I've always had a strange fascination with things that are lost. We all lose things – our keys, pens, wallets, socks, earrings, and so on. But where d...moreI've always had a strange fascination with things that are lost. We all lose things – our keys, pens, wallets, socks, earrings, and so on. But where do they go? In Durst's first adult novel, she explores a city full of lost items, places, and people. Unsurprisingly, The Lost turned out to be as intriguing a story as I hoped to find. Lauren spends her day driving to get away from problems at home, only to find herself pulling into an odd town called Lost. She quickly finds that leaving will be a challenge when the Missing Man – the only person who can help her find what she's lost – takes one glance at her and leaves.
The town of Lost is a charming, quirky, and somewhat terrifying place. It is both familiar and bizarre, and inhabited by people from all walks of life. As a narrator, Lauren is a comforting, realistic presence who proves that she has far more determination and resourcefulness than one might initially expect from her. With a light touch of romance, Durst slowly builds the base for what will likely become an interesting relationship between Lauren and Peter. Even though this is an adult novel, older young adult literature fans will also find this story appealing. Peculiar, humorous, and evocative, The Lost is an imaginative, standout story of the year.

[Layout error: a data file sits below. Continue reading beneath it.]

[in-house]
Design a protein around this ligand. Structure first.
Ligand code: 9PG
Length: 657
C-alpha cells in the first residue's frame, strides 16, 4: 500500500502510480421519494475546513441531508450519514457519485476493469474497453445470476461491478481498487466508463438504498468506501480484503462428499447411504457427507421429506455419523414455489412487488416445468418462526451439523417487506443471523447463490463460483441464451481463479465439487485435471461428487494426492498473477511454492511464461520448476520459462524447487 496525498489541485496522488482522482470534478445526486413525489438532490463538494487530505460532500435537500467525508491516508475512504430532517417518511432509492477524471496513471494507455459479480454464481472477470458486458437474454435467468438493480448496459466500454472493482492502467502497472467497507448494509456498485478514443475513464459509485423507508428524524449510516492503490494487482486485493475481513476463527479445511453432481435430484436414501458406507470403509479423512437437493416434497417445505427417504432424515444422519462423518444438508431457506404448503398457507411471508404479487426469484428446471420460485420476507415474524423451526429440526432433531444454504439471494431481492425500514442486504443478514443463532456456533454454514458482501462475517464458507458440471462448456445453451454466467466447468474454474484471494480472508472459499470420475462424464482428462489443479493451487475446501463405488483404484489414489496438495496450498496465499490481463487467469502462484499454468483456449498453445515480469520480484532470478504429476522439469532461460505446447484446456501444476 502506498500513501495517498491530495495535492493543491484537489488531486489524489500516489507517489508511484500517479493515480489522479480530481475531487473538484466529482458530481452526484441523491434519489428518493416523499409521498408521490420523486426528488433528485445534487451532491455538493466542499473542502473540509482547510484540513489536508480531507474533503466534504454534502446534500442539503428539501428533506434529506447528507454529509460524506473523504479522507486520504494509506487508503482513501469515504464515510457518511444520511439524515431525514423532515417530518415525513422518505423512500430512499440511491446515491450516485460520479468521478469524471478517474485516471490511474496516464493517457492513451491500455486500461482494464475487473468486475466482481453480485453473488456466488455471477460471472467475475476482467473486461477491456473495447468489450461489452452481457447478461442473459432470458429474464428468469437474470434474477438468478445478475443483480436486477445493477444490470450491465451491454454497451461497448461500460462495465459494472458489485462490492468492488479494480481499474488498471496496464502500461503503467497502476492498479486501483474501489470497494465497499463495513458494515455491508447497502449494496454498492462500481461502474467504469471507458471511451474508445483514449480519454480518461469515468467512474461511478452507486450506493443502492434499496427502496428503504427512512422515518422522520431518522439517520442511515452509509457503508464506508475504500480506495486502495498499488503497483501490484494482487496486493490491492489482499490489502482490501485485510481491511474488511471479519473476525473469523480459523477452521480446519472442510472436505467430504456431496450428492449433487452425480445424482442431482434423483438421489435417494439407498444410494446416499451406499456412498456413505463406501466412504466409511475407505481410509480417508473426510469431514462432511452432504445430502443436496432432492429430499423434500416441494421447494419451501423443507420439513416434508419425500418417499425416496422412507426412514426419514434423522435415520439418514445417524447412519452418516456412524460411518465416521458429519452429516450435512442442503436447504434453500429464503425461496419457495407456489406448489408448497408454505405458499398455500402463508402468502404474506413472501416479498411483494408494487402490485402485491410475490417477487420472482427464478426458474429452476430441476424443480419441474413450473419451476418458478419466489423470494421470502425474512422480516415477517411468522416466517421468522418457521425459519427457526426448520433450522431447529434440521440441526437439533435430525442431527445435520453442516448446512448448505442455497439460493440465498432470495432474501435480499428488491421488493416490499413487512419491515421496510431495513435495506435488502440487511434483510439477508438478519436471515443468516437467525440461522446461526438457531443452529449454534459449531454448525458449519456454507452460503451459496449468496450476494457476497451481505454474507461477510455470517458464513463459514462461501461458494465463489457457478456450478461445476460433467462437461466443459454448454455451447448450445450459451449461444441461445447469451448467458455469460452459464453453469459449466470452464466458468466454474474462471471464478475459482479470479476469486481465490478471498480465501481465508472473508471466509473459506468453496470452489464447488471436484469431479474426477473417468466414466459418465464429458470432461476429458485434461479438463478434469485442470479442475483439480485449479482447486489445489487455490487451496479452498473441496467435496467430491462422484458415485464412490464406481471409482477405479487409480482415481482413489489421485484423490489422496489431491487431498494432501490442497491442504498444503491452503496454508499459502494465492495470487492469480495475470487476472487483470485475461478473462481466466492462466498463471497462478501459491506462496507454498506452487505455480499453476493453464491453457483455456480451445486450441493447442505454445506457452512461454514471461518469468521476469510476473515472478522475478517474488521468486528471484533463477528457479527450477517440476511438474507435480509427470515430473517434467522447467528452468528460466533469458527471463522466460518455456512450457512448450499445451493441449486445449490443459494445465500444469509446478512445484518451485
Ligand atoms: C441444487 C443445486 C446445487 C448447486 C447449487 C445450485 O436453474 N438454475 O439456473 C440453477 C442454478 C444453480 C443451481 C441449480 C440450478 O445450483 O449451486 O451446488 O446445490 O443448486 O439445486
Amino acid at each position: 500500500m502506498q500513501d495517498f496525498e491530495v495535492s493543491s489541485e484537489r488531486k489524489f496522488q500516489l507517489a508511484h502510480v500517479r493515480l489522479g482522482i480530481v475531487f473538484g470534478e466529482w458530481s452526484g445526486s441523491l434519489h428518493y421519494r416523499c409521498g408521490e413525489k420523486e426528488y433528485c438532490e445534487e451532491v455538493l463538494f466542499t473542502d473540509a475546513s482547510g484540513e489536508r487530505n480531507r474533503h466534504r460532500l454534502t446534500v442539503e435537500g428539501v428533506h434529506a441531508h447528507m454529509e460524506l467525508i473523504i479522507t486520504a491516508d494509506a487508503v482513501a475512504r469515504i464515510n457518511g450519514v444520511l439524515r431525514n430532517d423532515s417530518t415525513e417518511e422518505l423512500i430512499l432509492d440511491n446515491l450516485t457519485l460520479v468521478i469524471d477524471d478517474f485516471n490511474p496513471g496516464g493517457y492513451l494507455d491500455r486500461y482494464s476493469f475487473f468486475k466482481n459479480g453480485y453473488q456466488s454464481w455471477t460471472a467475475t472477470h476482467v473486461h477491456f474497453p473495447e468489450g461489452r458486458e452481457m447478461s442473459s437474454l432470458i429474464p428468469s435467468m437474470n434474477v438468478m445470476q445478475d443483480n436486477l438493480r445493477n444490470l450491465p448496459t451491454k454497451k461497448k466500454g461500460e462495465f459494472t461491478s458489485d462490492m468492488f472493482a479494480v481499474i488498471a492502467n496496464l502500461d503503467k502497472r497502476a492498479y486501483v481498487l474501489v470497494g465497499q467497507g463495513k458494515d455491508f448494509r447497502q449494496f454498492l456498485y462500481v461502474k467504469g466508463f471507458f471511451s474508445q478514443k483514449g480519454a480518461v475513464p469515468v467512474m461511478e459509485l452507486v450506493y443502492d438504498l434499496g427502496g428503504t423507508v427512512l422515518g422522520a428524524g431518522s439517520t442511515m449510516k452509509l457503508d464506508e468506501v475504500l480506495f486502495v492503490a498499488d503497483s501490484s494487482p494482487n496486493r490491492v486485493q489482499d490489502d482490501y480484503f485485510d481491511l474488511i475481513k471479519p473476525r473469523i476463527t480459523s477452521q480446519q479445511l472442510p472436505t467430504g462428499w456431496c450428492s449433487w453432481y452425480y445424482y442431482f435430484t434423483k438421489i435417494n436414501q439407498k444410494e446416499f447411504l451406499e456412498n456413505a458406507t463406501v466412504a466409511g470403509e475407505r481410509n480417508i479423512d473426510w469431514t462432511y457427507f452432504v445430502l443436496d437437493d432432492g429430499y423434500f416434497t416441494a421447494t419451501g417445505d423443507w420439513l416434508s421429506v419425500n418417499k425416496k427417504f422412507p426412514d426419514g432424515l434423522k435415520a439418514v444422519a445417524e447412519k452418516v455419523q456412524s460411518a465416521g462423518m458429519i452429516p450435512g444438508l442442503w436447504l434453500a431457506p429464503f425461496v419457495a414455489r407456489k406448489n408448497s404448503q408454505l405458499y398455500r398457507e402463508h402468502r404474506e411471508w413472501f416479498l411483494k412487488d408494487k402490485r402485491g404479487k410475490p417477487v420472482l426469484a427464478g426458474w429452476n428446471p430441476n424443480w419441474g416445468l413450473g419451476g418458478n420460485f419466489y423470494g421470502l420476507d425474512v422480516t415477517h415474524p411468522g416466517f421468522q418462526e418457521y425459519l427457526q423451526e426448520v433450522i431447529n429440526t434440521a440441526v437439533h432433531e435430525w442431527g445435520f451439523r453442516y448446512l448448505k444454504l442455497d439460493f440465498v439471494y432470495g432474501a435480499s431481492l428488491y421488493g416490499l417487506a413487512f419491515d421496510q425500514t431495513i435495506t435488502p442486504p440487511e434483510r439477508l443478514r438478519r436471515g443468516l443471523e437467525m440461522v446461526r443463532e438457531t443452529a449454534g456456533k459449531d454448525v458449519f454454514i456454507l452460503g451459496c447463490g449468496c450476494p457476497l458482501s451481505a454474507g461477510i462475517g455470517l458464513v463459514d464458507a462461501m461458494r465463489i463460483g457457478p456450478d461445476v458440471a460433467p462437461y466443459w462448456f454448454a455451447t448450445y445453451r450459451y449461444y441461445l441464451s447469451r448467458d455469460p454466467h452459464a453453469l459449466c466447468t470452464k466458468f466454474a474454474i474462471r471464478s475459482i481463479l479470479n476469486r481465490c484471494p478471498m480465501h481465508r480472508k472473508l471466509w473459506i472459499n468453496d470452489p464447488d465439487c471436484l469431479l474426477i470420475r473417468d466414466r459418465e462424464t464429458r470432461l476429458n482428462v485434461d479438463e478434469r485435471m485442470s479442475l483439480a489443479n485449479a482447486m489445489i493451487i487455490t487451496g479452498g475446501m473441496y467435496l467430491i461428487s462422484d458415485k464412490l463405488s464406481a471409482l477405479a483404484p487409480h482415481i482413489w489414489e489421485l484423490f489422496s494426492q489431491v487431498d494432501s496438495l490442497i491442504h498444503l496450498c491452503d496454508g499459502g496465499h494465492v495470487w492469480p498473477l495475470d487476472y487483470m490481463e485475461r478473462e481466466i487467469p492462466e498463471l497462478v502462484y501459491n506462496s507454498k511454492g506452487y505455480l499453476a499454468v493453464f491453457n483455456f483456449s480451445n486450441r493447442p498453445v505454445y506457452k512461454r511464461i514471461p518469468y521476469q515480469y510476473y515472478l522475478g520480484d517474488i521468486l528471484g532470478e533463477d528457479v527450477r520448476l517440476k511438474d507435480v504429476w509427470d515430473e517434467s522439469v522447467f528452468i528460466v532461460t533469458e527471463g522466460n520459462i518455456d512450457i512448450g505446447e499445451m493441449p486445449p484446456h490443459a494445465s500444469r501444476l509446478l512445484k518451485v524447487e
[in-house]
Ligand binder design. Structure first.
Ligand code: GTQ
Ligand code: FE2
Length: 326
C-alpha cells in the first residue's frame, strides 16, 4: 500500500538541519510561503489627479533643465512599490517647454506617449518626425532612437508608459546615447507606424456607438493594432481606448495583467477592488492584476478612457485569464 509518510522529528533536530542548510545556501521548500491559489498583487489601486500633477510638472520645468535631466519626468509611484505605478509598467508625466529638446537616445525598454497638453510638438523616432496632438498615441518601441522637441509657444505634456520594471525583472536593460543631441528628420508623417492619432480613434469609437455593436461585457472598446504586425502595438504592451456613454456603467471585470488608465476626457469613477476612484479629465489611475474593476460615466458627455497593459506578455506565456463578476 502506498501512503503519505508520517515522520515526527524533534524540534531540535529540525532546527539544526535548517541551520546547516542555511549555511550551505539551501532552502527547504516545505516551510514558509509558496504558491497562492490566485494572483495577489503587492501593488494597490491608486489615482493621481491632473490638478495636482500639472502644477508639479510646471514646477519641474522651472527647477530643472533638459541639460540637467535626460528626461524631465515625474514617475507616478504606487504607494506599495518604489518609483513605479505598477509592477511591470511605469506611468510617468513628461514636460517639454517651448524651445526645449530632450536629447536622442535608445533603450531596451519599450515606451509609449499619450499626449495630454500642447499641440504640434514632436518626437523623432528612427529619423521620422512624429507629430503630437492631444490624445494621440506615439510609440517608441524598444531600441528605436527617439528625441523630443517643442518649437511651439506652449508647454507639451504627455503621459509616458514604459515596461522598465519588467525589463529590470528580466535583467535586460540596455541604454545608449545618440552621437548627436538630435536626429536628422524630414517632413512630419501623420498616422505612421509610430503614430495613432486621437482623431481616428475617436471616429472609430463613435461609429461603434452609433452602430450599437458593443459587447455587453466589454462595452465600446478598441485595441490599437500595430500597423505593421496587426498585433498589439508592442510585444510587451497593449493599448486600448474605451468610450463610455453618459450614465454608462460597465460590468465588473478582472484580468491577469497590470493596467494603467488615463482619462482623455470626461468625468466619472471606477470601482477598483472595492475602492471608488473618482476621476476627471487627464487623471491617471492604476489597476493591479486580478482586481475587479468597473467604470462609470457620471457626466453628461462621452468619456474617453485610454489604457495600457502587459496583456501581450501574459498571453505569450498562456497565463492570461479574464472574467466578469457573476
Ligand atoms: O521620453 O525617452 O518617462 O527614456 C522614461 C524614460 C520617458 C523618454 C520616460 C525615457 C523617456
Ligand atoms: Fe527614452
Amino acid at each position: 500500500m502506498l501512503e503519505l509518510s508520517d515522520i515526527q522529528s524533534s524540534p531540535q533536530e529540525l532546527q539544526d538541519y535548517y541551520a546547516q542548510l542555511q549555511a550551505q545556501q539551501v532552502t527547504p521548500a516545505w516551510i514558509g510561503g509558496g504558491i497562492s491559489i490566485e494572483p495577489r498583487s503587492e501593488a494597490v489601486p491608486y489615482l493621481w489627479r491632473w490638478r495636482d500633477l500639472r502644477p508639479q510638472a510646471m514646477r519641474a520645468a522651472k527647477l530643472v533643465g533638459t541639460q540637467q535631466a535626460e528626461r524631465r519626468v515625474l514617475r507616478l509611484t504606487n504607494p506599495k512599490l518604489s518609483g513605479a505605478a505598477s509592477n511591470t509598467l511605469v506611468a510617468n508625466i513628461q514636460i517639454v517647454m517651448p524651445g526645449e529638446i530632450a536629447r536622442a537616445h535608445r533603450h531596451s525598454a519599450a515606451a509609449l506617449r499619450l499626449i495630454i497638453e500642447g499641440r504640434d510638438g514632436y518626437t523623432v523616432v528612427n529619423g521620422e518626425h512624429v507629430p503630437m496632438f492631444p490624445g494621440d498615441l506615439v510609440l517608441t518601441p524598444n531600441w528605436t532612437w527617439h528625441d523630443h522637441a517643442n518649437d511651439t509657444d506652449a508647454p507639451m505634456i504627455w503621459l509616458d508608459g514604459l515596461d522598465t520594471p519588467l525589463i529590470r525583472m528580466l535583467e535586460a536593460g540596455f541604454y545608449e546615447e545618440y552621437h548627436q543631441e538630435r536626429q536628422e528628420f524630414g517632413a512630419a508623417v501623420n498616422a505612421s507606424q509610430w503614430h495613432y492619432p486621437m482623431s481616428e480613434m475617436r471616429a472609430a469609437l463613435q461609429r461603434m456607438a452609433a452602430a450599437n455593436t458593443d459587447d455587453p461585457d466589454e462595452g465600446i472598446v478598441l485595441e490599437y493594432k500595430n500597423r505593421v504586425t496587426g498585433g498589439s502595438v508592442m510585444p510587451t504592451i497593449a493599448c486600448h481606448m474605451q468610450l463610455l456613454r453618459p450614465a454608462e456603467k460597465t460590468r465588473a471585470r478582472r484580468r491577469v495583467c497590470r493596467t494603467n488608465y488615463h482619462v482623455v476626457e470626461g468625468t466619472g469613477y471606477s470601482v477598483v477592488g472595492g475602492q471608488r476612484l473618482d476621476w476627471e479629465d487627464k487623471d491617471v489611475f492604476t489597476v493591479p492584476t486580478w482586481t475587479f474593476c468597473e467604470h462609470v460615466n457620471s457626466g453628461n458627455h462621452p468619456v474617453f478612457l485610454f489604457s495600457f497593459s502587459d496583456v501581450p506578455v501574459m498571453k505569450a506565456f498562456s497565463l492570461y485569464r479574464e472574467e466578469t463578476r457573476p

Highlights: Characterization is wonderful, from the tough yet adorable Claire to the odd yet surprisingly well-read Peter / Finder. Instead of wallowing, Lauren utilizes her strengths, works on her weaknesses, and tries to figure out a way home. The world of the Lost is fascinating, strange, and perfectly described in order to convey it's charm, oddness, and dangers. The romance is very light, sweet, and realistic. Even better, Durst infuses plenty of emotion in with all the entertainment. As a person who knows what it's like to watch someone you love struggle medically to live, Lauren's relationship with her mother really resonated with me. The ending is very bittersweet, and I can't wait to see what happens next.